A top election official in Georgia pushed back Wednesday against unsubstantiated claims of widespread voter fraud that President Donald Trump claims took place in two Senate runoff elections.
During a press conference, Gabriel Sterling, a Republican and Georgia’s Voting Systems Implementation Manager, said the Secretary of State’s office has not seen any evidence thus far of widespread fraud that would have changed the outcome of the election.
“Nothing that seems real in any way shape or form quite honestly,” Sterling said.
Sterling also directly addressed claims made by Trump on Twitter, saying that the president was “finding fraud where none exists.”
On Wednesday morning, Trump tweeted, without evidence, that “they just happened to find 50,000 ballots late last night.” It’s common for large counties to release large tallies of votes at once, particularly in the case of absentee votes, which in the current election cycle have skewed Democratic.
Shortly after Trump tweeted his unsubstantiated claim, Sterling rebutted in a tweet of his own.
“No Mr. President, there weren’t “found” ballots,” Sterling tweeted. “We have known the number of advanced votes since this weekend. We saw record Election Day turnout. As of Monday 970,000 absentees had been accepted. 31k more were added in yesterday’s totals. That leaves 60k that came in yesterday.”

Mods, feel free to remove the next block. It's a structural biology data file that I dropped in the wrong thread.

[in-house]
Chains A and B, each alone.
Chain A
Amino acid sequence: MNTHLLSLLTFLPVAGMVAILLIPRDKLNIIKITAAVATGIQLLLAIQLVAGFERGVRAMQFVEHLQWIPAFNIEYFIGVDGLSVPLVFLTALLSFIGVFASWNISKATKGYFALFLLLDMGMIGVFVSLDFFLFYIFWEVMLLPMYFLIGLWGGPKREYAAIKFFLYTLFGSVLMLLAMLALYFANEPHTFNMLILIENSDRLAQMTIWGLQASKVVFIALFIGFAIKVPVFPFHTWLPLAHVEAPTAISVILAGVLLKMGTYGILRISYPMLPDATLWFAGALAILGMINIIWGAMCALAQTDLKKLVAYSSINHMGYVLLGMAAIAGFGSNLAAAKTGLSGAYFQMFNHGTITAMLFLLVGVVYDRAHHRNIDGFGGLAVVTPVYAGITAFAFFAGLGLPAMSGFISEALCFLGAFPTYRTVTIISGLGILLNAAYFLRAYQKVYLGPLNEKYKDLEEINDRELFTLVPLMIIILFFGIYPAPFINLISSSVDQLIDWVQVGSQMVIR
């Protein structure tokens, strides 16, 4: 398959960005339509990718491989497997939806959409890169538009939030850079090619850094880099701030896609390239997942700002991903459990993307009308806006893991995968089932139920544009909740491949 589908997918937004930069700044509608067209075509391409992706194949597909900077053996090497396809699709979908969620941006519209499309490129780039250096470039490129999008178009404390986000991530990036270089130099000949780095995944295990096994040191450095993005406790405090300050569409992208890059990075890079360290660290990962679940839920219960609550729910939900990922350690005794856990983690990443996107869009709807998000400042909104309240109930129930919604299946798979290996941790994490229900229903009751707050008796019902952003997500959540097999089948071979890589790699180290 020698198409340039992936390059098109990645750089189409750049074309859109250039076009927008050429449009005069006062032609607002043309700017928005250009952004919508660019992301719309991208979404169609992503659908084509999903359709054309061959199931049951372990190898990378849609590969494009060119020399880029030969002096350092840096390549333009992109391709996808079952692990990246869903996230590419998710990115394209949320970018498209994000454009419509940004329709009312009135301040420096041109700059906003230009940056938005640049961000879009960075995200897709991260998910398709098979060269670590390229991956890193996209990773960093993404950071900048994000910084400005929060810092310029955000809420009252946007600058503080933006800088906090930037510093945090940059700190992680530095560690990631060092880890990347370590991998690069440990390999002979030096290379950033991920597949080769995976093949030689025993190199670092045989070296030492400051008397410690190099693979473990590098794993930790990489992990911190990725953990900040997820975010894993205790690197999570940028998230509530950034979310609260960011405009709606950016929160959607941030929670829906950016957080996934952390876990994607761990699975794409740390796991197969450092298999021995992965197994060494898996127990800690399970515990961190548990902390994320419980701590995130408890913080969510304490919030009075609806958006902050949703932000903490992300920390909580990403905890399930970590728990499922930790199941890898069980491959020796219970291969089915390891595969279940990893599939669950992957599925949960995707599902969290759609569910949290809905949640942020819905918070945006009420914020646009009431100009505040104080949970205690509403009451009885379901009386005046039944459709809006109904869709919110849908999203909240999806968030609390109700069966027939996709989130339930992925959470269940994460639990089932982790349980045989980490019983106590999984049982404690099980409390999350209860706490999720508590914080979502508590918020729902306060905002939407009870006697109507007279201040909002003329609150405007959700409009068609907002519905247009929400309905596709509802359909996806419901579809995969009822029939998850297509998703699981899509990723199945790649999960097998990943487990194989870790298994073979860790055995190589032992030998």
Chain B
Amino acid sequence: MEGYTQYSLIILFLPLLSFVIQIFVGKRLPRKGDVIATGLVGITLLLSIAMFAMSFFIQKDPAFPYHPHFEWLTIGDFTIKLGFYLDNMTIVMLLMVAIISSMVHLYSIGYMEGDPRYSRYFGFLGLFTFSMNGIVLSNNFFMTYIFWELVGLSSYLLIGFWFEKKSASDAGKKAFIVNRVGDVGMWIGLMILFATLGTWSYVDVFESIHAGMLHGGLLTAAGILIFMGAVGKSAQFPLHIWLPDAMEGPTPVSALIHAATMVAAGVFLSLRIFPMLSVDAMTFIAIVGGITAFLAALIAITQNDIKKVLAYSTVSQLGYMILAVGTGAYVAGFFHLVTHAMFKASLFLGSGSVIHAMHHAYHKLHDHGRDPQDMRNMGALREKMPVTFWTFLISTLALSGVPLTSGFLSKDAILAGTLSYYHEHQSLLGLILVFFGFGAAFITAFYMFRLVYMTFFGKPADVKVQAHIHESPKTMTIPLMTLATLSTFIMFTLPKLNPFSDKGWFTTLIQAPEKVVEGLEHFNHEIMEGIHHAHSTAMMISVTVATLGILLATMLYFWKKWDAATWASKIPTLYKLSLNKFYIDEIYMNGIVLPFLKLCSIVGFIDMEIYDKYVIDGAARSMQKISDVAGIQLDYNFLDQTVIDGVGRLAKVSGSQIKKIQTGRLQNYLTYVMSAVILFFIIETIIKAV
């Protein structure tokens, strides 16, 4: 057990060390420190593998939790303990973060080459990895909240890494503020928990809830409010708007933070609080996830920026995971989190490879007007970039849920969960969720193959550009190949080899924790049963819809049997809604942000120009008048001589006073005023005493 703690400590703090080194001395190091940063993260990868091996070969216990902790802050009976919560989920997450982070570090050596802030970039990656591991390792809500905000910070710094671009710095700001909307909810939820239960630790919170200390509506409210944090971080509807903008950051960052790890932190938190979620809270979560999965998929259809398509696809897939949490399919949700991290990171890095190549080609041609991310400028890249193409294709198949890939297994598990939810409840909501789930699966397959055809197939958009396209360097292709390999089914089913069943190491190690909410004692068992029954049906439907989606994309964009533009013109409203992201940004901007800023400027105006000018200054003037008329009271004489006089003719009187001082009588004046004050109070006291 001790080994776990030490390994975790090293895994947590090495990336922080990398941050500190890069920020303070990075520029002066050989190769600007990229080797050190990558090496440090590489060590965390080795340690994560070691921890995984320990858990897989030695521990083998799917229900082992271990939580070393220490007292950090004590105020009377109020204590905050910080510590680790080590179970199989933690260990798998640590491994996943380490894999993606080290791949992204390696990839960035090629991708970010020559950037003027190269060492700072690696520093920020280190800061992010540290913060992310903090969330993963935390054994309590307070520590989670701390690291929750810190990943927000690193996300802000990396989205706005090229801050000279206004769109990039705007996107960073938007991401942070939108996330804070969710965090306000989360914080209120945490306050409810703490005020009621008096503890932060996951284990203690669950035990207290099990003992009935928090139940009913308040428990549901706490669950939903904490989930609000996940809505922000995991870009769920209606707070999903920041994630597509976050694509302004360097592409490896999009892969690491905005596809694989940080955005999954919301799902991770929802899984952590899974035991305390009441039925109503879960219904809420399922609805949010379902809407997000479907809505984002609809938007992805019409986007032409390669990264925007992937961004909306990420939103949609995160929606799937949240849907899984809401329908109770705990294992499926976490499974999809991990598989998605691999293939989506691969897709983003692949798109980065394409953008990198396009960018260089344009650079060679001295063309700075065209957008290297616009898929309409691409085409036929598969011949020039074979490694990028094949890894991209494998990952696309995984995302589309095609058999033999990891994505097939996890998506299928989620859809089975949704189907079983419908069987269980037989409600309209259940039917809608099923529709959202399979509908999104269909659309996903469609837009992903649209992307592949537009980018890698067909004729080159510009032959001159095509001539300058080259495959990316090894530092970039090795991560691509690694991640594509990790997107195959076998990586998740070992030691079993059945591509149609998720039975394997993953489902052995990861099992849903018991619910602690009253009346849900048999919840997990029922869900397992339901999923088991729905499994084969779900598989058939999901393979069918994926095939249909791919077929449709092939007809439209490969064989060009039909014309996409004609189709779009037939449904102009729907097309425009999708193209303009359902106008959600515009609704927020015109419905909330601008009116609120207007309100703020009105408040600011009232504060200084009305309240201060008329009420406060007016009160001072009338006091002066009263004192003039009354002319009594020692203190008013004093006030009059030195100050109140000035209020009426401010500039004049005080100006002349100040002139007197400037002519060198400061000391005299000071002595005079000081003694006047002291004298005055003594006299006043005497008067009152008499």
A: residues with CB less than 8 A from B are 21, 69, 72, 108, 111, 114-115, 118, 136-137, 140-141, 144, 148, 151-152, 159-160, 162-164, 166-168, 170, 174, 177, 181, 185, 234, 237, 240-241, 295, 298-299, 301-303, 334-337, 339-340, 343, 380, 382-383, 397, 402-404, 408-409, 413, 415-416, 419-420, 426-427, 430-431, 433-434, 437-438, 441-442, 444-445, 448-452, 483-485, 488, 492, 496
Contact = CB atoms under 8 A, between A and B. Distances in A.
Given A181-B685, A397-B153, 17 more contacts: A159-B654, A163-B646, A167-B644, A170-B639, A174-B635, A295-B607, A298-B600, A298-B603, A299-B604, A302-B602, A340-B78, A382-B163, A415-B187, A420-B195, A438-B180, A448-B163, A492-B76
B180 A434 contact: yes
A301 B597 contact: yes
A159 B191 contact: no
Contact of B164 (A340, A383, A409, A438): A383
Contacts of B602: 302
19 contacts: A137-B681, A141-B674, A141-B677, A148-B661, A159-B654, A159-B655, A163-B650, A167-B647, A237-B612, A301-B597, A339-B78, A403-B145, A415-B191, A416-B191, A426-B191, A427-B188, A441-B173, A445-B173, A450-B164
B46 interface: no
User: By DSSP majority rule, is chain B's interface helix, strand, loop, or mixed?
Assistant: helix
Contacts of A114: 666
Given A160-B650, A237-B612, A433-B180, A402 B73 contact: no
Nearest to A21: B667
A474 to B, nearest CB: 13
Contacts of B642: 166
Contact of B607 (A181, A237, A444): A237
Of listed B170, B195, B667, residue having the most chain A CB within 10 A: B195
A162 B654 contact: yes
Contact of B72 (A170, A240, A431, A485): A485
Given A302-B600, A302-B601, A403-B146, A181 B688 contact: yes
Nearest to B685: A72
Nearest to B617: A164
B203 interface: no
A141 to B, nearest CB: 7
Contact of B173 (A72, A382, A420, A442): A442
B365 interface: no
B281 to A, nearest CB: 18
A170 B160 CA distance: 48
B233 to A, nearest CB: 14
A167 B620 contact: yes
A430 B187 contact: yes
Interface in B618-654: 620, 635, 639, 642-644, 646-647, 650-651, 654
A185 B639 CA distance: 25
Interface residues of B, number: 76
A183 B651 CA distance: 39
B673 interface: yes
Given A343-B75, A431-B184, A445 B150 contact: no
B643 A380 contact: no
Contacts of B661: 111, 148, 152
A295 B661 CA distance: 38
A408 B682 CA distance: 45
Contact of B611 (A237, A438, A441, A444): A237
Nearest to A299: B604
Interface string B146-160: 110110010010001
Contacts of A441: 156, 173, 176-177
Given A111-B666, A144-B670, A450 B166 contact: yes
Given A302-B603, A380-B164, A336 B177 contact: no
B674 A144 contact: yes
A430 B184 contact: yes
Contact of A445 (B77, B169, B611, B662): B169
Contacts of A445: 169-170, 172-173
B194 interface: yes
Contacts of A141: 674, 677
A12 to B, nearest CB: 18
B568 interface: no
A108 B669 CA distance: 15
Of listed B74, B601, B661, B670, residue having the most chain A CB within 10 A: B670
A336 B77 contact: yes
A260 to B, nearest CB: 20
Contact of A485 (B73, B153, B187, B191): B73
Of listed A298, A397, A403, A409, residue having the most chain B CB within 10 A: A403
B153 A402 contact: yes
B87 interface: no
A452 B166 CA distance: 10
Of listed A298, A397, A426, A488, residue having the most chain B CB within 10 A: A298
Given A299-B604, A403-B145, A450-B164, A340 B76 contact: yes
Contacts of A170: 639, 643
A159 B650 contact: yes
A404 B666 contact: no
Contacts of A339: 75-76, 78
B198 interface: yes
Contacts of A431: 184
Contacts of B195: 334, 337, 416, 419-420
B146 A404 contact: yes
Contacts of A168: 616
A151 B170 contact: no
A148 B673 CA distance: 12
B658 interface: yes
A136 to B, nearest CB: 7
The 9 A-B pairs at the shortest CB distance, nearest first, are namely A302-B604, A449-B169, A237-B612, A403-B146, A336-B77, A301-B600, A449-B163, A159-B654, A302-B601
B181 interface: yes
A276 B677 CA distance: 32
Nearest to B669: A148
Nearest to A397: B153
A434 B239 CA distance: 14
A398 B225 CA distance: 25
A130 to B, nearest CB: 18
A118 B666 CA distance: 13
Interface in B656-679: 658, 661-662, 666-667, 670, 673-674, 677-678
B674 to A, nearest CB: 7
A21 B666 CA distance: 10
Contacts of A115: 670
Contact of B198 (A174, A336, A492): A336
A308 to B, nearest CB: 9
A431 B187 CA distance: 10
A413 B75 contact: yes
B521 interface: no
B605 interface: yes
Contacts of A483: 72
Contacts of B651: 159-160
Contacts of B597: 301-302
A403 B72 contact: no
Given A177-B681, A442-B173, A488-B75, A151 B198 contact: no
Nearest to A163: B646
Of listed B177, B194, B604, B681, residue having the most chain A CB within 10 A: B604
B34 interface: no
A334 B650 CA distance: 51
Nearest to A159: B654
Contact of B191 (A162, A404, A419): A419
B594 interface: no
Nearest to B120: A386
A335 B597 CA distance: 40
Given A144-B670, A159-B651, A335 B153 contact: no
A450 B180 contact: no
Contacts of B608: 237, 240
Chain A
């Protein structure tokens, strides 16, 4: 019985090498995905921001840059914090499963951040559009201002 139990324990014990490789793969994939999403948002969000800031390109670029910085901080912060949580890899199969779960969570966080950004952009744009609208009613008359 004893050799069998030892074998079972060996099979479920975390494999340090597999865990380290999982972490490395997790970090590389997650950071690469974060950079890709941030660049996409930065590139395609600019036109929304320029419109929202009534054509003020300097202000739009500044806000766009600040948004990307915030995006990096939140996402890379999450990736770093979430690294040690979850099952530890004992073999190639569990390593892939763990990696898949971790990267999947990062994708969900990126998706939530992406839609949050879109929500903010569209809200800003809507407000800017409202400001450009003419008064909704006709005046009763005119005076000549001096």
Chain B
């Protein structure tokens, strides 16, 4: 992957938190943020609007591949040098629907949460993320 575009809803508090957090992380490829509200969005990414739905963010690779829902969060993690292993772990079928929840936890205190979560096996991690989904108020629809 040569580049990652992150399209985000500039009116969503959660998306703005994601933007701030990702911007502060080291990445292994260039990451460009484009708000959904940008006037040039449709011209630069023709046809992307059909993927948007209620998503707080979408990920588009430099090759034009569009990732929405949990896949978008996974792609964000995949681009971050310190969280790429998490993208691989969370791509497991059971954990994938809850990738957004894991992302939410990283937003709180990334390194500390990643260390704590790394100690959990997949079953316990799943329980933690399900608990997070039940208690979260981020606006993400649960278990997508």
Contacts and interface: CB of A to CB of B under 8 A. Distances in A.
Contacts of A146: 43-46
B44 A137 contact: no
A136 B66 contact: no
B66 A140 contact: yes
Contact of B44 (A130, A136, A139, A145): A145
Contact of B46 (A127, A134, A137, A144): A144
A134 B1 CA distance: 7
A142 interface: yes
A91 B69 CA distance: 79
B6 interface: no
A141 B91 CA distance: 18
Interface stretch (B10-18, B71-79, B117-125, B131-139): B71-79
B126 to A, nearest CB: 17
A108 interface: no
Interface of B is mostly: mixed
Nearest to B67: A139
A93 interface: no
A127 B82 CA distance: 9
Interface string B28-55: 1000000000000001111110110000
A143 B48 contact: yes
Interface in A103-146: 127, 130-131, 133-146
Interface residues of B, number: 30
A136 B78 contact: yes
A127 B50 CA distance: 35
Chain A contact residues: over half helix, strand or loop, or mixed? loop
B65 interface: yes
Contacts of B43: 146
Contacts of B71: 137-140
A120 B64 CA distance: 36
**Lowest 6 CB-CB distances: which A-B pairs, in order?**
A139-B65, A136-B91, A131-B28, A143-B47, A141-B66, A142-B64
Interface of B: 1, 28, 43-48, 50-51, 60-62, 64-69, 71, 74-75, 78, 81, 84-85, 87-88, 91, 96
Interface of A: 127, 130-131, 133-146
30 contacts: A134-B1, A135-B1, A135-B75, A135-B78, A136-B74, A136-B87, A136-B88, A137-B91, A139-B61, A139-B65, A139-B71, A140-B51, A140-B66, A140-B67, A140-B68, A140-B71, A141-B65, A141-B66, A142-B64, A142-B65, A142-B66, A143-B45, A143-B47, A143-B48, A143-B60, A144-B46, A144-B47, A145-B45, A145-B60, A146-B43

No Mr. President, there weren’t “found” ballots. We have known the number of advanced votes since this weekend. We saw record Election Day turnout. As of Monday 970,000 absentees had been accepted. 31k more were added in yesterday’s totals. That leaves 60k that came in yesterday. https://t.co/vMVMEooZUQ— Gabriel Sterling (@GabrielSterling) January 6, 2021
As of early Wednesday morning, Democratic challenger Jon Ossoff led Republican incumbent David Perdue by a small margin. While the race remains too close to call, Sterling said Wednesday that he expects Ossoff to prevail by a margin of greater than 0.5%, which would prevent Perdue from requesting a recount.
Should Ossoff prevail, Democrats would control the Senate, thanks in part to Rev. Raphael Warnock’s win over Republican incumbent Kelly Loeffler on Tuesday in a separate runoff in Georgia. With a win by Ossoff, Democrats would hold a 50-50 tie in Senate seats but would have an advantage due to the tie breaking vote being held by vice president-elect Kamala Harris.